Light Tracer Preview — A Bright and Balanced Tower
It's almost out, but we recently got an early look at Oasis Games and Void Dimensions' Light Tracer. Get ready for an adorable VR puzzle-platformer.
Oasis Games and Void Dimensions are nearly upon the release of their upcoming virtual reality title Light Tracer. However, ahead of the game’s launch DualShockers had the opportunity to spend enough time with the PlayStation VR game to find that it is an entertaining experience but somewhat technically challenging in its use of the VR medium.
Light Tracer puts players in the role of a god-like entity that must guide a young Princess through the trials of a tower filled with dangerous pitfalls and enemies that do not wish to see her reach her goal. Using the PlayStation Move controller, players will project a beam of light onto a surface to direct the Princess with where to walk. In the event that she must jump over or strike at something, the Princess will also require the player’s direction.
In essence, the Princess will simply stand still without player interaction, making her feel almost like a puppet in this unique VR puzzle-platformer. It didn’t take long for me to get comfortable with the controls and mechanics of Light Tracer. I found the early tasks to be simple enough. Point to a surface, hold down the PlayStation Move trigger, and the Princess runs straight toward it. Platforming worked similarly, as it required the same process accompanied by a well-timed jump action. Puzzles were equally straight-forward.
In fact, the majority of my experience with Light Tracer didn’t feel particularly difficult. Although my Princess fell off of a ledge or two, and I momentarily had to consider my next step in a puzzle, I made my way through the first chapter of the tower with relative ease.
Where I did run into a little trouble was in controlling the camera. Light Tracer asks that you direct the Princess with one PlayStation Move controller and to use the second Move controller to alter where your camera is positioned along the height of the tower and around it. While the PlayStation VR headset allows directional movement of the camera (an intuitive endeavor), this secondary camera control can also be used to zoom into the environment and to provide your view with a better anchor point.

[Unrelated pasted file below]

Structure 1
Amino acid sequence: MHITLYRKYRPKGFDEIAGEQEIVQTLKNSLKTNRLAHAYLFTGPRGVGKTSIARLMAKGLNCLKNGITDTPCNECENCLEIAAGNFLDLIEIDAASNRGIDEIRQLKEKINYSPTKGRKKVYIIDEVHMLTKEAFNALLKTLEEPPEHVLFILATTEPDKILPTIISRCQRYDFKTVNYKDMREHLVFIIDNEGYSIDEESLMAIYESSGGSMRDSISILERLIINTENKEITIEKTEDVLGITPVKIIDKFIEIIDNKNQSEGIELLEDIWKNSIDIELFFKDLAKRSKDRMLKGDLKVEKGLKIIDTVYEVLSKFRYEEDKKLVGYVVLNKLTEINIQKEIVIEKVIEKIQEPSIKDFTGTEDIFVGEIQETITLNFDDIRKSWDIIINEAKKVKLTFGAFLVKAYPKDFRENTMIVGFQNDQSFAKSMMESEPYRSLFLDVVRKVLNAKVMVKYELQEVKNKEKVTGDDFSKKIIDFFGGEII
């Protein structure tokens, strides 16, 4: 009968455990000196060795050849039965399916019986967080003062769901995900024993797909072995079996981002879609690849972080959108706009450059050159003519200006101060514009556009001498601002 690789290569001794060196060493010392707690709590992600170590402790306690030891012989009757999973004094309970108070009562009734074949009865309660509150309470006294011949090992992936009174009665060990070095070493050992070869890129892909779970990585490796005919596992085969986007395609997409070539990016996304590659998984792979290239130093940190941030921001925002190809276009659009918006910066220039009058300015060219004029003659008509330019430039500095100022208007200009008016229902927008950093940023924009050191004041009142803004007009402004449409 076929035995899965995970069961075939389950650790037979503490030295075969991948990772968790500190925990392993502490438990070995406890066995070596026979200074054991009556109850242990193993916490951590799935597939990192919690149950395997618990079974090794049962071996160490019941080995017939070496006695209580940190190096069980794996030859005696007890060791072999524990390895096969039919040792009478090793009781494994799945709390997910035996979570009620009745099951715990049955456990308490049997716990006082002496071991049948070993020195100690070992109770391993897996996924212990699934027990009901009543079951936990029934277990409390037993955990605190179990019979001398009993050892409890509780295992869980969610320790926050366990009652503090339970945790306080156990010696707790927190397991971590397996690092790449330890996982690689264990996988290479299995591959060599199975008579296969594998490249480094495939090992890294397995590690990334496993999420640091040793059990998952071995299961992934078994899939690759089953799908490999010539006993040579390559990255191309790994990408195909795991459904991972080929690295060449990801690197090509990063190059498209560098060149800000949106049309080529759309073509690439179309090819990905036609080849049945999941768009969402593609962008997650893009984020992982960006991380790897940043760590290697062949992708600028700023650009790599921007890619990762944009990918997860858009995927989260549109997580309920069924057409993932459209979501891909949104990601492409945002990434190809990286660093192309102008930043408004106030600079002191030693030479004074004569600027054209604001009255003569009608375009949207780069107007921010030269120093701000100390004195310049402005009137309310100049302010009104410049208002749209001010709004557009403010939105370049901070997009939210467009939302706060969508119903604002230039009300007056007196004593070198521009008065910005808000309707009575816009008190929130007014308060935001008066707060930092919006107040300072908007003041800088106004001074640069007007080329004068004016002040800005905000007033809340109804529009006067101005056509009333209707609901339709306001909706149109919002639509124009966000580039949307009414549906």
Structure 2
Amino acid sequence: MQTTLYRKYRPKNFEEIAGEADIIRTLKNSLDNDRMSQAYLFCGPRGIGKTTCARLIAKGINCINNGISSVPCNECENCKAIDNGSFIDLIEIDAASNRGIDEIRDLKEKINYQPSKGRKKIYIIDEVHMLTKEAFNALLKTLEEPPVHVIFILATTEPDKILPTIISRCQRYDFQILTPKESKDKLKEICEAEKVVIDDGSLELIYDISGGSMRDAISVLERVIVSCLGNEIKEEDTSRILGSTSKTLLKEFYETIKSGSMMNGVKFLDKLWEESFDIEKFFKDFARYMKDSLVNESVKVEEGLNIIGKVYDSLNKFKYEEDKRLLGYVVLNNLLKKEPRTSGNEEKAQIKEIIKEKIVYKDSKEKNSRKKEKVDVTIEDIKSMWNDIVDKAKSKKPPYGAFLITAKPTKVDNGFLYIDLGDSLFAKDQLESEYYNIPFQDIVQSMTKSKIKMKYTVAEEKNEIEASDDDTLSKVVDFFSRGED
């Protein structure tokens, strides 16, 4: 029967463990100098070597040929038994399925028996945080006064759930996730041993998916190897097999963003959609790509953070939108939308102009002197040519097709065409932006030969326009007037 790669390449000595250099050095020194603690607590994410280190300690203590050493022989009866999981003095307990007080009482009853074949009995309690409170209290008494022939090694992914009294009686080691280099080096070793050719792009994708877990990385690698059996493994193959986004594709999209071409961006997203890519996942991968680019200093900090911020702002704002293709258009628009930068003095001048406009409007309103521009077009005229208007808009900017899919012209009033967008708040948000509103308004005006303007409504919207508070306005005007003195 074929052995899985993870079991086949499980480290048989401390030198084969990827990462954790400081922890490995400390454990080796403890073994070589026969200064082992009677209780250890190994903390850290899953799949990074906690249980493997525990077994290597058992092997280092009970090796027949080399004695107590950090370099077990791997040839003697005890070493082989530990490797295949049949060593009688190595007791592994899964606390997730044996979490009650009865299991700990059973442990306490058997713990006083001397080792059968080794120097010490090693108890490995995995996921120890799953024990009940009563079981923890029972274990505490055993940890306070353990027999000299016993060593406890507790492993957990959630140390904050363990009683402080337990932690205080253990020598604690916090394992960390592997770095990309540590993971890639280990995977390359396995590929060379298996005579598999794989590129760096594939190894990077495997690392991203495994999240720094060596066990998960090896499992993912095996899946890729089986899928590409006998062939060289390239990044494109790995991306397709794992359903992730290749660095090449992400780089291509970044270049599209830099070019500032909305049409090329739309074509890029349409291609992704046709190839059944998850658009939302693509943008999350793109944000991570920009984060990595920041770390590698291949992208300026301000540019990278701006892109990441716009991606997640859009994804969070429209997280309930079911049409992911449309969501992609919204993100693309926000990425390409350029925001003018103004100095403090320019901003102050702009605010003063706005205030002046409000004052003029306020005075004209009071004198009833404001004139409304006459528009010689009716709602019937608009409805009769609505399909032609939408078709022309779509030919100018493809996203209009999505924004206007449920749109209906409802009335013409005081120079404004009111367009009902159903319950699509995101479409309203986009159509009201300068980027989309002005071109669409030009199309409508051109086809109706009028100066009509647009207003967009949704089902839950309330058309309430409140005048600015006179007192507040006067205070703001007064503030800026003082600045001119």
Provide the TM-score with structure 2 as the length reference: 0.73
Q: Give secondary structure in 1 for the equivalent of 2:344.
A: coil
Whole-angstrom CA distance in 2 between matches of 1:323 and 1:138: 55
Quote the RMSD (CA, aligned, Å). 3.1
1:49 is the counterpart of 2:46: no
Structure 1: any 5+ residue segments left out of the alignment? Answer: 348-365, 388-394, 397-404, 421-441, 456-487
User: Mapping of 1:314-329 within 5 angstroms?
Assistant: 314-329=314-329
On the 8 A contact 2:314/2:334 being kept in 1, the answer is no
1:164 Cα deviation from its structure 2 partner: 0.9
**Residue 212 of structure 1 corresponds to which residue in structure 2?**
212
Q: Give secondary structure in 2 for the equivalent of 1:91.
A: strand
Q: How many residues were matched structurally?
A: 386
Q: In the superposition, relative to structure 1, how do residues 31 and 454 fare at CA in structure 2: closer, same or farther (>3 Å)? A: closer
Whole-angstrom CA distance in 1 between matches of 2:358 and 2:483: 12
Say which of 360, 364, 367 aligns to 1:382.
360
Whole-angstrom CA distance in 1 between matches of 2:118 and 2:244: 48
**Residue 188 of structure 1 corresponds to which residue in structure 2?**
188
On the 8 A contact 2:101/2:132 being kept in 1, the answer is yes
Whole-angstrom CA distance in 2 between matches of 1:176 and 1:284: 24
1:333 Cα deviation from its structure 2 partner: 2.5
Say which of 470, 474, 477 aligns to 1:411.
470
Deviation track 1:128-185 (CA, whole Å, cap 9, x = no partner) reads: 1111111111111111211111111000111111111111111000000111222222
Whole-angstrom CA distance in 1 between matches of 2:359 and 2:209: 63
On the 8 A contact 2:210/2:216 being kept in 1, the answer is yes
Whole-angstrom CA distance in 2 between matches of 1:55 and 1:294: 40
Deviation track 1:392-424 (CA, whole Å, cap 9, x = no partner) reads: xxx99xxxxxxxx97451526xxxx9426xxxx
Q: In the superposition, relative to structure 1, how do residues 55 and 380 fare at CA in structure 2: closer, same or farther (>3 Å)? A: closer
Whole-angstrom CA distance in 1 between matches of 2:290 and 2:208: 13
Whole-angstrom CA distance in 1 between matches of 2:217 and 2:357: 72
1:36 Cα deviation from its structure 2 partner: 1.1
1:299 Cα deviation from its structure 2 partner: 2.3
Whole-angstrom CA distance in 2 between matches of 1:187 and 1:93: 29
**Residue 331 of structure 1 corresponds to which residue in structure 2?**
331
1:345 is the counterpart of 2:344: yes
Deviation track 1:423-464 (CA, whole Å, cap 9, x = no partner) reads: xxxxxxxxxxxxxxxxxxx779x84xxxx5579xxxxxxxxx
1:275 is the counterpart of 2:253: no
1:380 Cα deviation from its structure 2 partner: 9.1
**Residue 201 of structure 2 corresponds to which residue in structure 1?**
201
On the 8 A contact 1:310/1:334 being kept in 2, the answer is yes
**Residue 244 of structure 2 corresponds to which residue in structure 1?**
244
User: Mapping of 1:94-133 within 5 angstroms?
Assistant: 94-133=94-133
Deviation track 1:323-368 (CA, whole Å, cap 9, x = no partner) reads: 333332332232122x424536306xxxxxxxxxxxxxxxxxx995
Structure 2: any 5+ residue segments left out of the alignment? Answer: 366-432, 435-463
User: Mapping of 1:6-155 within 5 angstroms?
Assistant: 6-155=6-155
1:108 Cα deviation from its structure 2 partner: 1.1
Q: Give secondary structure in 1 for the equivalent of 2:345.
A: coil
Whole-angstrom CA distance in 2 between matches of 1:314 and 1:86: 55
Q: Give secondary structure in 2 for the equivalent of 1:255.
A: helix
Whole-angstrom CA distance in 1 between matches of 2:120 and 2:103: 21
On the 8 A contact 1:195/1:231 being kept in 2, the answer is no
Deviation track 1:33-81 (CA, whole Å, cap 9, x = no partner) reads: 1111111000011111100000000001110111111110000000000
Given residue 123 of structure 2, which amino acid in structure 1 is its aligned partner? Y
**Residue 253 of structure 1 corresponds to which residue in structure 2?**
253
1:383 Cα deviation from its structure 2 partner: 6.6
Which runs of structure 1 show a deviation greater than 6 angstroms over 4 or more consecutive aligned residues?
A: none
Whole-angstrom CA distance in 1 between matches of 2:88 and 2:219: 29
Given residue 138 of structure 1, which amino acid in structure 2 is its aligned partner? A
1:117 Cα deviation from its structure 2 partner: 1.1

From the beginning of the game, I found this functionality vital, as I noticed the Princess would quickly move into a position (by my own direction) that was outside of my field of vision or that some object now obstructed my view of where she would need to be pointed next. The only problem with trying to resolve the issue was that I frequently got myself tangled within the tower in no better position to assist the Princess than before. Sometimes I felt that my camera controller wasn’t acting precisely the way I intended.
Fortunately, Void Dimension included the ability to autocorrect the camera to a more comfortable place near the Princess’ new location, and with that I was able to progress. I soon relied heavily upon this function, only utilizing the second Move controller to make minor adjustments.
One element of the experience that was regularly gratifying was found at the end of each section of the first world. While the majority of the time, the Princess and her surrounding world are pleasing to the eye (not to mention that she’s adorable), upon completing a section, she comes to life and cheers. For a game that makes its protagonist feel like a mere instrument, these moments were invaluable to my growing affection for the Princess.
In addition to managing to climb the tower successfully, Light Tracer also offers little gems that can be collected along the way. These gems act as currency for players to make a more personalized Princess by purchasing her new outfits.
In all, the first chapter of Light Tracer was not a particularly challenging experience outside of the frequent camera adjustments. A few platforming feats and a boss battle at the end of the demo required a little precision, but not so much that they required extensive thought. However, with the promise of another seven chapters, I can see how the game could grow to be much more challenging — both in its puzzles and its potential platforming asks. Additionally, it seems that much time and care went into the artistic design of not only the environments but also the Princess. So, even if the gameplay doesn’t quite itch your deep puzzle scratch, there’s likely still plenty here for you to enjoy.
Light Tracer releases on PS4 today, September 26, 2017.